The Tobacco Industry and Marketing Board (TIMB) was first formed as far back as 1936, when it was known as the Tobacco Marketing Board, to facilitate and co-ordinate the farming, processing and selling of locally produced tobacco. They register tobacco growers and license tobacco buyers, auction floors and commercial tobacco graders, as well as facilitating export permits for international buyers.
Their Mission Statement is, ‘To mobilize, distribute requisite resources, develop and operate efficient production, orderly marketing and information systems which satisfy the expectations of all stakeholders.’
Services offered by TIMB include:
• Administration and control of the tobacco delivery system.
• Arbitration and sales supervision at auction floors in order to maintain orderly marketing.
• Classification of tobacco from which statistical information is derived and reports published.
• Collating and distributing information on production, consumption, manufacture and export of tobacco.
• Conducting crop assessment surveys to determine crop yield potential and quality. composition of the crop in advance of the selling season.
• Granting of export permits.
• Licensing of tobacco buyers, auction floors and commercial graders.
• Monitoring and ensuring timeous and efficient shipment of tobacco exports.
• Monitoring the control of tobacco pests to ensure exportation of tobacco free from pesticide residues.
• Registration of all types of tobacco growers.
In order to efficiently and successfully implement their mission they needed corporate headquarters which would be able to cater for the public – producers and buyers – they needed to house an advanced IT system which would monitor all the sales in progress, and they needed office space for the administrative staff and executive board members. They also needed an auditorium for lectures and training, as well other facilities for a large staff contingent, like an onsite canteen, secure off street parking and some open space for the staff to relax during the day.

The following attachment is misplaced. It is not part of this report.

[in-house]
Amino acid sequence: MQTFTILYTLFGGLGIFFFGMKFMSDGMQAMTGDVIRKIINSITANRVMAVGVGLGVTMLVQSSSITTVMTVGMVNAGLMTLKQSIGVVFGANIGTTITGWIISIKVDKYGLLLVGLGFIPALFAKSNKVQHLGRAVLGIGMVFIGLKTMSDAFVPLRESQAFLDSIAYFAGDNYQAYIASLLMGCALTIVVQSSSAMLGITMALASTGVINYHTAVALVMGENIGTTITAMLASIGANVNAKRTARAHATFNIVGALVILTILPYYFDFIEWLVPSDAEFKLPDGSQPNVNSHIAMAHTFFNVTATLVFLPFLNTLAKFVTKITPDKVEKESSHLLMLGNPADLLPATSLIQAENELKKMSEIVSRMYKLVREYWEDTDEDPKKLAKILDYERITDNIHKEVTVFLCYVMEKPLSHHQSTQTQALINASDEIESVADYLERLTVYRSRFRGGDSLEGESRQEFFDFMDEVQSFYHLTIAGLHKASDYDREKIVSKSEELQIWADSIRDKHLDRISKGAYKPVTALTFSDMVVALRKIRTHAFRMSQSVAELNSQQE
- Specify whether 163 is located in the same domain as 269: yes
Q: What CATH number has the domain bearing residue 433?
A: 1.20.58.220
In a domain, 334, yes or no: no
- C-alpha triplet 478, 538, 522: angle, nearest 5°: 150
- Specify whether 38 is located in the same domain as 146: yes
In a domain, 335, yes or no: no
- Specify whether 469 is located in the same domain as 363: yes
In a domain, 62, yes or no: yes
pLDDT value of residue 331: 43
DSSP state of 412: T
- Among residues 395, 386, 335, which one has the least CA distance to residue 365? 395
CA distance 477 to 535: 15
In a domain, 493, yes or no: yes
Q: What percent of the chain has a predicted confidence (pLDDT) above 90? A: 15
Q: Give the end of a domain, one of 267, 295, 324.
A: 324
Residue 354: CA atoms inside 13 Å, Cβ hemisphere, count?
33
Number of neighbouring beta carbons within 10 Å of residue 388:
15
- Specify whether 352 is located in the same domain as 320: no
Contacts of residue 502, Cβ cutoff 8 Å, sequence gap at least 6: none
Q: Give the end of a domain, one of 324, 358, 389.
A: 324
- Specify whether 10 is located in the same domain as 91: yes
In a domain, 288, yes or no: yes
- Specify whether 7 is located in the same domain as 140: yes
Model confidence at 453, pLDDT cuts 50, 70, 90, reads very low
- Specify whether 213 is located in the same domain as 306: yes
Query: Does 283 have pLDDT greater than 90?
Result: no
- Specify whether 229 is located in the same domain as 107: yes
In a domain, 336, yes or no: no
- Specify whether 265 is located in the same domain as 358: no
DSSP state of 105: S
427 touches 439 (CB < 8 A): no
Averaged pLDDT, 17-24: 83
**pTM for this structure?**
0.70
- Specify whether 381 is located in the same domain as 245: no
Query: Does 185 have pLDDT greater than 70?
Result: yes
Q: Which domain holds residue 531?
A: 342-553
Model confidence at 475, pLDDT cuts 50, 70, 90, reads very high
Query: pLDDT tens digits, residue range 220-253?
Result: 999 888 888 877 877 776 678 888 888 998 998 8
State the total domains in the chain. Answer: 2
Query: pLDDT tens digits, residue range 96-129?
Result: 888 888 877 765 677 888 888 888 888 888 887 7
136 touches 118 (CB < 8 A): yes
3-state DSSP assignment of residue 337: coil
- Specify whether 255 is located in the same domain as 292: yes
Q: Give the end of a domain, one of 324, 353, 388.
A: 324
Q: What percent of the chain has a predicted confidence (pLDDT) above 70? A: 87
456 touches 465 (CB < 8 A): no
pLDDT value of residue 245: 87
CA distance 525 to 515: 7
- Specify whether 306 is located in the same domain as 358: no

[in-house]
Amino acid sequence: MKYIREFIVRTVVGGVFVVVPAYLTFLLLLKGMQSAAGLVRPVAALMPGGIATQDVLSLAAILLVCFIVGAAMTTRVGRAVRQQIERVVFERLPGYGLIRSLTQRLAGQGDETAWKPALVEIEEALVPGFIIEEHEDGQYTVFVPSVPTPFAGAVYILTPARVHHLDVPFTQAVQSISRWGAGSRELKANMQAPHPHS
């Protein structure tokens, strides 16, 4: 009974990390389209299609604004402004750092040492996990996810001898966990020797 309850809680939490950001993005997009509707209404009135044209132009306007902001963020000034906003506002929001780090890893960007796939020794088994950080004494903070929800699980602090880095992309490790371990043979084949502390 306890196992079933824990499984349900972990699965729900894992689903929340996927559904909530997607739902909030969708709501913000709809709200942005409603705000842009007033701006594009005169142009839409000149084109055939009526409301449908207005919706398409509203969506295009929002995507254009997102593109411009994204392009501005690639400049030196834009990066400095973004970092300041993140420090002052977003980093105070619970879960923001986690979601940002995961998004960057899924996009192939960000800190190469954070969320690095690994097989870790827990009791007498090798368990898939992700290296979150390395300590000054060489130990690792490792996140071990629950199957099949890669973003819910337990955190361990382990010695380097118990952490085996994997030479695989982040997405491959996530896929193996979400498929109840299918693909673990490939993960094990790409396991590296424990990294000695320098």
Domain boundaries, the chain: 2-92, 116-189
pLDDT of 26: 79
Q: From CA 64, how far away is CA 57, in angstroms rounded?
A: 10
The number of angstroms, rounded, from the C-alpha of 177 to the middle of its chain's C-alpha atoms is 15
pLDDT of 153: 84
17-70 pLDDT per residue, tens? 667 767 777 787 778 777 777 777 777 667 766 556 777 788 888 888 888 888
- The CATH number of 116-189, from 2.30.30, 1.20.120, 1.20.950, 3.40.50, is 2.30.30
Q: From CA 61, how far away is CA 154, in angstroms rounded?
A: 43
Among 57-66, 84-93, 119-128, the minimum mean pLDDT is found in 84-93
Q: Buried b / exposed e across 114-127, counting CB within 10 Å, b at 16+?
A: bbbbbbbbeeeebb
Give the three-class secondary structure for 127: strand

They commissioned local architecture firm Vengesayi Architects to design and supervise the construction of their new state of the art headquarters. Arch. M.C.R. Vengesayi, an American trained Zimbabwean architect, established Vengesayi Architects in 1987. It was the first indigenous architectural practice in Zimbabwe and continues to be one of the busiest and most successful architecture consultancies, with over 30 years of experience under their belt. Their many projects include the Harare International Airport, the Chitungwiza Aquatic Complex, Zimdef Headquarters, as well as many educational and healthcare facilities and tourist accommodation.
Work on the site started in 2011 and was finally completed in 2016, with some delays due to interruptions in the flow of funding. The clients, TIMB, took beneficial occupation in March 2016 and the defects liability period expires at the end of April this year. A defects liability period is defined as, ‘A prescribed period of time within which the construction contractor has a contractual obligation to remedy any defects in the construction work it has performed.’ So it’s a kind of warranty period for the clients to ensure that they are entirely satisfied, and it gives the contractor the chance to attend to any niggling snags. The defect liability period must overlap a complete rainfall season so that the building is subjected to all types of inclement weather.
The site, along Gleneagles Road in the busy industrial area of Willowvale, had some limitations to contend with. It’s a long narrow site facing directly onto the road, with other buildings surrounding it, and the water table in the area is quite high – all factors that needed to be taken into account in the design process. Additionally, the northern boundary has a congested servitude with ZESA lines with different voltages and a complex storm water drainage system.
One of the solutions was to set the main entrance recessed back from the road to help avoid congestion and make vehicle and pedestrian access to the complex easier. There is some off street parking at the front of the building but there’s also ample parking accessible in the extensive basement. The basement is approximately 3,300 square metres so there is sufficient space available. Because the water table in this area is so close to the surface excavating the basement was not simple – bilge/ dewatering pumps had to be kept running 24 hours a day to allow the building process to proceed. A porous pipeline was installed 3 metres underground to help channel the water away. The builders had to completely waterproof and seal the underground structure to prevent any unwanted seepage. Even now that construction is complete the pumps are still operational, however they are coping perfectly even with the very heavy rains we have experienced recently which have caused other less well designed buildings to flood.